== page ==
Research Article Open Access

Ant Diversity in a Sugarcane Culture without the Use of Straw Burning in Southeast, Sao Paulo, Brazil

Débora Rodrigues De Souza1, Erich Stingel2, Luiz Carlos de Almeida2, Catarina Bortoli Munhae1, Antonio J. Mayhé-Nunes3, Odair Correa Bueno4 and Maria Santina De Castro Morini1
  • 1 Nucleus of Enviornmental Science, Laboratory of Myrmecology, University of Mogi das Cruzes, Avenue Dr. Cândido Xavier de Almeida e Souza, 200, Mogi das Cruzes, Zip Code: 08701-970, SP, Brazil
  • 2 Center of Sugarcane Technology, Piracicaba/São Paulo, Brazil
  • 3 Department of Animal Biology, Federal Rural University of Rio de Janeiro, Rio de Janeiro, Zip Code: 23890-971, CP 74.514, RJ, Brazil
  • 4 Institute of Biosciences, Centro for the study of Social Insects, UNESP, University Estadual Paulista, Avenue 24 A n0 1515, Rio Claro, P. O. Box 0199, Zip Code: 13.506-725, SP, Brazil

Abstract

Problem statement: One of the current requirements of agroecosystem management is the maintenance of biodiversity. Manual sugarcane harvesting with the previous burning of straw has been gradually replaced by mechanical harvesting in Brazil. However, the diversity of Formicidae, which can be a natural pest controller, has not been studied in this new system yet. Approach: This study was carried out to assess the diversity of ants in an exclusively mechanically harvested sugarcane culture based on the hypothesis that species richness and abundance will increase with the deposition of straw in this culture system. Ants were sampled using pitfall traps in six sugarcane cultivars during three consecutive harvest cycles. Results: A total of 8,139 ants, distributed in 39 species, were collected. Richness, abundance and diversity differed between harvest cycles, especially in the first cycle, when the soil did not have any straw and in the two last cycles and the straw layer was about 10-15 cm thick. The communities found in the second and third cycles were similar and the maintenance of straw in the culture contributed to a greater species diversity, particularly of generalist predaceous taxa, which may contribute to the natural control of pests. Conclusion: The diversity of ants increased with straw deposition, including of taxa that may be beneficial to the sugarcane culture. However, new studies of the predatory and competition relations in this agroecosystem are necessary.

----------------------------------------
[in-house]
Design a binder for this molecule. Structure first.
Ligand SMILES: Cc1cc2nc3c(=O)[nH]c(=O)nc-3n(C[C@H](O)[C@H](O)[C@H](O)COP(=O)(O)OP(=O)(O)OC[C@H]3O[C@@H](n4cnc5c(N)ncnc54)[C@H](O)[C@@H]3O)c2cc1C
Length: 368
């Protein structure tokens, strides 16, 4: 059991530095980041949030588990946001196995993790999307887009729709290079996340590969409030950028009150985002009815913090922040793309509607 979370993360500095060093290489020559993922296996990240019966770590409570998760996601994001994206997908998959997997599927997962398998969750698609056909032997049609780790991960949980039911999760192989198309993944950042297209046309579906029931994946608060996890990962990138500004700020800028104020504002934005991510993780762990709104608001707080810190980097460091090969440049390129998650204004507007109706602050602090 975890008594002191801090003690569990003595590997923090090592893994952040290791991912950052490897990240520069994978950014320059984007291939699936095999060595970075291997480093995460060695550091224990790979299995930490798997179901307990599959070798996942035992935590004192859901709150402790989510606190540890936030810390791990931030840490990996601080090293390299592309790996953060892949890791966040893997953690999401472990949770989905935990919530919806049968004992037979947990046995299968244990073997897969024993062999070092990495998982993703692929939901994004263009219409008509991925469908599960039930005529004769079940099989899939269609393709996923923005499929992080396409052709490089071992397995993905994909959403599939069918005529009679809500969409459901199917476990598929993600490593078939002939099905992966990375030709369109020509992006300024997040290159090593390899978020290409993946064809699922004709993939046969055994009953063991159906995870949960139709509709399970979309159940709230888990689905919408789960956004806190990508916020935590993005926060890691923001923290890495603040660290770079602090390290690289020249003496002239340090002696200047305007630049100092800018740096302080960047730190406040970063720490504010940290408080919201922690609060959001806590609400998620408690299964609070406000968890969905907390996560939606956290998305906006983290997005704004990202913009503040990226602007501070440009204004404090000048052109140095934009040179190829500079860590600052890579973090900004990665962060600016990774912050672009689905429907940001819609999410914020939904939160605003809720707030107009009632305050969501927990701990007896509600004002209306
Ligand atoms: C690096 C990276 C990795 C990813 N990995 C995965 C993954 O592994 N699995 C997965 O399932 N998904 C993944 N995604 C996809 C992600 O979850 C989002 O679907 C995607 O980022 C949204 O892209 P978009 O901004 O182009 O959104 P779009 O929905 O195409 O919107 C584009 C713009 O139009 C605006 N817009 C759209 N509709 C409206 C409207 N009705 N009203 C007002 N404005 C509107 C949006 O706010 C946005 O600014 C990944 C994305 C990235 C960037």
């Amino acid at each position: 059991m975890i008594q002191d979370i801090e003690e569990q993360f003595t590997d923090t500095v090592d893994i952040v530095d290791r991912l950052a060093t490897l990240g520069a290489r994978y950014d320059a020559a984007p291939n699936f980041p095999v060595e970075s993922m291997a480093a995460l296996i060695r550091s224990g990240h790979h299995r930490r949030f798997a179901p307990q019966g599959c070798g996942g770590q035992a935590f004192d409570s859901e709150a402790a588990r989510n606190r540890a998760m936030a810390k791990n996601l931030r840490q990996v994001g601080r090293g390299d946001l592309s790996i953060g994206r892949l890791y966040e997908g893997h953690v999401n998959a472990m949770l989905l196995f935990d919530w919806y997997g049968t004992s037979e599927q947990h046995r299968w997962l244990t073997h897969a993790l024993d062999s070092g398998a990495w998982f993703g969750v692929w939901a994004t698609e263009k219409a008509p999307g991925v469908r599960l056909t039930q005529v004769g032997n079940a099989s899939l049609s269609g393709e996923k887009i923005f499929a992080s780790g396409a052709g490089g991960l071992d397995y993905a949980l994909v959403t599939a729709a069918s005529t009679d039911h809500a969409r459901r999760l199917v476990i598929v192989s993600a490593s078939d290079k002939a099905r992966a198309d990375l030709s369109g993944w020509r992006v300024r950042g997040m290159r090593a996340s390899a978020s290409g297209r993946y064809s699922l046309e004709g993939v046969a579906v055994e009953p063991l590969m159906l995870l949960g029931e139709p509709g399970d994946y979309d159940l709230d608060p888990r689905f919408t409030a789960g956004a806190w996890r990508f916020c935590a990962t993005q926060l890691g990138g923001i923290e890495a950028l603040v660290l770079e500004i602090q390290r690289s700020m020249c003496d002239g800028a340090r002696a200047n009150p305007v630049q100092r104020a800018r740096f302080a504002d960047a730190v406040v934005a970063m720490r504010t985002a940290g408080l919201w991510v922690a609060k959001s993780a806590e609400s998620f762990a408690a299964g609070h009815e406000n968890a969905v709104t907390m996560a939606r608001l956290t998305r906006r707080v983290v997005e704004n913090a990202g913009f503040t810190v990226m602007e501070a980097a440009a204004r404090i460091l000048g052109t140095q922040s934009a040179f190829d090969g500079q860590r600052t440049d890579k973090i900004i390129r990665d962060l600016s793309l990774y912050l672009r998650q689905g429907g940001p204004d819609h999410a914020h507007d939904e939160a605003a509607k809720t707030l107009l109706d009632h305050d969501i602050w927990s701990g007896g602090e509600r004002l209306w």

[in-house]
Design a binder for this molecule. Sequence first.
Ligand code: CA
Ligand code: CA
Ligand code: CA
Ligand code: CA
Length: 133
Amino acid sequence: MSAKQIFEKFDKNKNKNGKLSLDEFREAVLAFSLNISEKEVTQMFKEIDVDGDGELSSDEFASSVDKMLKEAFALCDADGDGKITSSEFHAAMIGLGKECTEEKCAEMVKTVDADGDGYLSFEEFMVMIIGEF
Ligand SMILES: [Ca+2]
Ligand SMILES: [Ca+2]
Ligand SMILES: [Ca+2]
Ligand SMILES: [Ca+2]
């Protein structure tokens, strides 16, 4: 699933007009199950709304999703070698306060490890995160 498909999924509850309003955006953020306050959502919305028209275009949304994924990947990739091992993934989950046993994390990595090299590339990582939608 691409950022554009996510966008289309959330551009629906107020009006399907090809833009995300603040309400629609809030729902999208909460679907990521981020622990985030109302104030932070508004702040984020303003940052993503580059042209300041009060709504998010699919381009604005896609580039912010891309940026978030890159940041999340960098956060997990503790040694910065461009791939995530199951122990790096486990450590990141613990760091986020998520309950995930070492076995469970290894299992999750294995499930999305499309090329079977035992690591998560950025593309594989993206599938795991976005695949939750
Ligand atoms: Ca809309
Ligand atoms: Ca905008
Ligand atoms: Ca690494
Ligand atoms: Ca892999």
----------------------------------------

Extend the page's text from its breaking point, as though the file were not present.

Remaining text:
American Journal of Agricultural and Biological Sciences
Volume 5 No. 2, 2010, 183-188

DOI: https://doi.org/10.3844/ajabssp.2010.183.188

Submitted On: 3 December 2009 Published On: 30 June 2010

How to Cite: De Souza, D. R., Stingel, E., de Almeida, L. C., Munhae, C. B., Mayhé-Nunes, A. J., Bueno, O. C. & De Castro Morini, M. S. (2010). Ant Diversity in a Sugarcane Culture without the Use of Straw Burning in Southeast, Sao Paulo, Brazil. American Journal of Agricultural and Biological Sciences, 5(2), 183-188. https://doi.org/10.3844/ajabssp.2010.183.188

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Keywords

  • Saccharum officinarum
  • community
  • richness
  • abundance
  • taxa
  • predators